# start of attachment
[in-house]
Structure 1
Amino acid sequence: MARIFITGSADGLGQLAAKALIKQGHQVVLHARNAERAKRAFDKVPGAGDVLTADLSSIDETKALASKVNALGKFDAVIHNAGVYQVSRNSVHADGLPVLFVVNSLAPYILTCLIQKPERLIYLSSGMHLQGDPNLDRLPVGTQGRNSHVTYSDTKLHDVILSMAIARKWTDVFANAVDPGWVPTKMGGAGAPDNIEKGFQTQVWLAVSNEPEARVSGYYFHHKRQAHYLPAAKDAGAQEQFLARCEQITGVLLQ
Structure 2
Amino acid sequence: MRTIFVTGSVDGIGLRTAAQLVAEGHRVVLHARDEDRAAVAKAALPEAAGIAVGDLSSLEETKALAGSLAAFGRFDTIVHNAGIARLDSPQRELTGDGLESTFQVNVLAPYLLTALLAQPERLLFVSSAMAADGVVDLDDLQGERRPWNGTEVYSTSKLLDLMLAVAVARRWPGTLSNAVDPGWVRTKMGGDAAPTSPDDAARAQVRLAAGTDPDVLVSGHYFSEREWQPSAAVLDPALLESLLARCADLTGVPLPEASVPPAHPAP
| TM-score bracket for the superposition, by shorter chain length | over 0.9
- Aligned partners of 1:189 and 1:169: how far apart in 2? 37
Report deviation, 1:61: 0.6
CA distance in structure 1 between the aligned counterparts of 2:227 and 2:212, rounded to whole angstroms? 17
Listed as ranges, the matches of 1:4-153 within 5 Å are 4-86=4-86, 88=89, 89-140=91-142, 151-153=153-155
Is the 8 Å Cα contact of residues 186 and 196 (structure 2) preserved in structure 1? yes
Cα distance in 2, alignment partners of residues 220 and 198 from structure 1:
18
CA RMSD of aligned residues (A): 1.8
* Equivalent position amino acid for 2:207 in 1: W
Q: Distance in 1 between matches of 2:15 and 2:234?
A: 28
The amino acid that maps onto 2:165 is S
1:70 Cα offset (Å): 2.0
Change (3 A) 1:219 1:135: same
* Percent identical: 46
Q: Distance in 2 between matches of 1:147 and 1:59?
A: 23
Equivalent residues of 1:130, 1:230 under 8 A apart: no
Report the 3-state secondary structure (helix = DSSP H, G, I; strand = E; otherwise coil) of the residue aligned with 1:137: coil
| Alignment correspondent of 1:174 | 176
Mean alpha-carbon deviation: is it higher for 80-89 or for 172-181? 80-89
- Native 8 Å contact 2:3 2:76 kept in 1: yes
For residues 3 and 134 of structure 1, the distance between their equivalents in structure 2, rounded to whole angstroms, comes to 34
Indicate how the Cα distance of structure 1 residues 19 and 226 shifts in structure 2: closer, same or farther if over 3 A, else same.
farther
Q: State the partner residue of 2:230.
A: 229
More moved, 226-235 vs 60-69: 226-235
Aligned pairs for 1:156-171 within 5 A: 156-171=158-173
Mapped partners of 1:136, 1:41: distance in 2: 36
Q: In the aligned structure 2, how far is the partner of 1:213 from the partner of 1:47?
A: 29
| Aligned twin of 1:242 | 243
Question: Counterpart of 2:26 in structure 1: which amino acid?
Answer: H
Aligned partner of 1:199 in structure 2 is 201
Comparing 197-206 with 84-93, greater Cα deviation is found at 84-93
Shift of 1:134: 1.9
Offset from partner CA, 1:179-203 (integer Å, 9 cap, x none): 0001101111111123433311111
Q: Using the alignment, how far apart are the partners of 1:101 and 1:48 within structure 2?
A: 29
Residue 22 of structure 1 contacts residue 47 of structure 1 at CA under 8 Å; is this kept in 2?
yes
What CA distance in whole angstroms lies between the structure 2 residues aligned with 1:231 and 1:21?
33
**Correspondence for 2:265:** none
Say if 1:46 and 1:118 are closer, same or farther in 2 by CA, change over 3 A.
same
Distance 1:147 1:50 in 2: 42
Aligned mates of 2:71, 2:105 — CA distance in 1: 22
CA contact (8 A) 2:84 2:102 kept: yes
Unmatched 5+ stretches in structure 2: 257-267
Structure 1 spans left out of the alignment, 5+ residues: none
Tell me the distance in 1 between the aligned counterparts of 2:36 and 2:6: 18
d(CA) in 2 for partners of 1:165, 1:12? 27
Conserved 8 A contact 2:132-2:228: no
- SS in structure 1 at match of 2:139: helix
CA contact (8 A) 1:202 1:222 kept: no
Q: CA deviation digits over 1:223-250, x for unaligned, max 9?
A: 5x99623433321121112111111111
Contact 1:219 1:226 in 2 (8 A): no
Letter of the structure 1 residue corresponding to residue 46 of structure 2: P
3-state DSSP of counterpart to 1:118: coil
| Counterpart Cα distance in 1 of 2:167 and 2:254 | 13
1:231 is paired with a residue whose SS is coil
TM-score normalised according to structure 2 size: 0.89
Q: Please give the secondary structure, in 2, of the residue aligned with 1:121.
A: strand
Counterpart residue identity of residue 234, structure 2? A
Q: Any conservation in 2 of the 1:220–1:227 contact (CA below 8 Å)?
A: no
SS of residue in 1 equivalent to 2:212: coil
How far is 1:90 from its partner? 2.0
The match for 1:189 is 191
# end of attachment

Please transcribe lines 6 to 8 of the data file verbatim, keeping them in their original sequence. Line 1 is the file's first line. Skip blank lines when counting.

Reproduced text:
| TM-score bracket for the superposition, by shorter chain length | over 0.9
- Aligned partners of 1:189 and 1:169: how far apart in 2? 37
Report deviation, 1:61: 0.6